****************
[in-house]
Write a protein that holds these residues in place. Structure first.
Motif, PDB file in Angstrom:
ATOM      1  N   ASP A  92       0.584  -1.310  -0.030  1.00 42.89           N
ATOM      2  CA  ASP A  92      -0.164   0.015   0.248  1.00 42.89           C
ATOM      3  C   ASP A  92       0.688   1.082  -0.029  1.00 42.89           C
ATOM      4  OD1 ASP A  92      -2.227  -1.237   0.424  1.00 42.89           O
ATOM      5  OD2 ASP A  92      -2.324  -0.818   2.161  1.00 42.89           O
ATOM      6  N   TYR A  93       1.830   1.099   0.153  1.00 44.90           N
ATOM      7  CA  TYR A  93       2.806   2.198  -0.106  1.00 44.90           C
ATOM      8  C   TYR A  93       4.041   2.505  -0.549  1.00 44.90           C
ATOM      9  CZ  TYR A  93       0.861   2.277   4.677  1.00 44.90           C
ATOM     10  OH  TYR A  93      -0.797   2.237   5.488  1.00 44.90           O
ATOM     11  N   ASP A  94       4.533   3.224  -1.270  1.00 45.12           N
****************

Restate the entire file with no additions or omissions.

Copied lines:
[in-house]
Write a protein that holds these residues in place. Structure first.
Motif, PDB file in Angstrom:
ATOM      1  N   ASP A  92       0.584  -1.310  -0.030  1.00 42.89           N
ATOM      2  CA  ASP A  92      -0.164   0.015   0.248  1.00 42.89           C
ATOM      3  C   ASP A  92       0.688   1.082  -0.029  1.00 42.89           C
ATOM      4  OD1 ASP A  92      -2.227  -1.237   0.424  1.00 42.89           O
ATOM      5  OD2 ASP A  92      -2.324  -0.818   2.161  1.00 42.89           O
ATOM      6  N   TYR A  93       1.830   1.099   0.153  1.00 44.90           N
ATOM      7  CA  TYR A  93       2.806   2.198  -0.106  1.00 44.90           C
ATOM      8  C   TYR A  93       4.041   2.505  -0.549  1.00 44.90           C
ATOM      9  CZ  TYR A  93       0.861   2.277   4.677  1.00 44.90           C
ATOM     10  OH  TYR A  93      -0.797   2.237   5.488  1.00 44.90           O
ATOM     11  N   ASP A  94       4.533   3.224  -1.270  1.00 45.12           N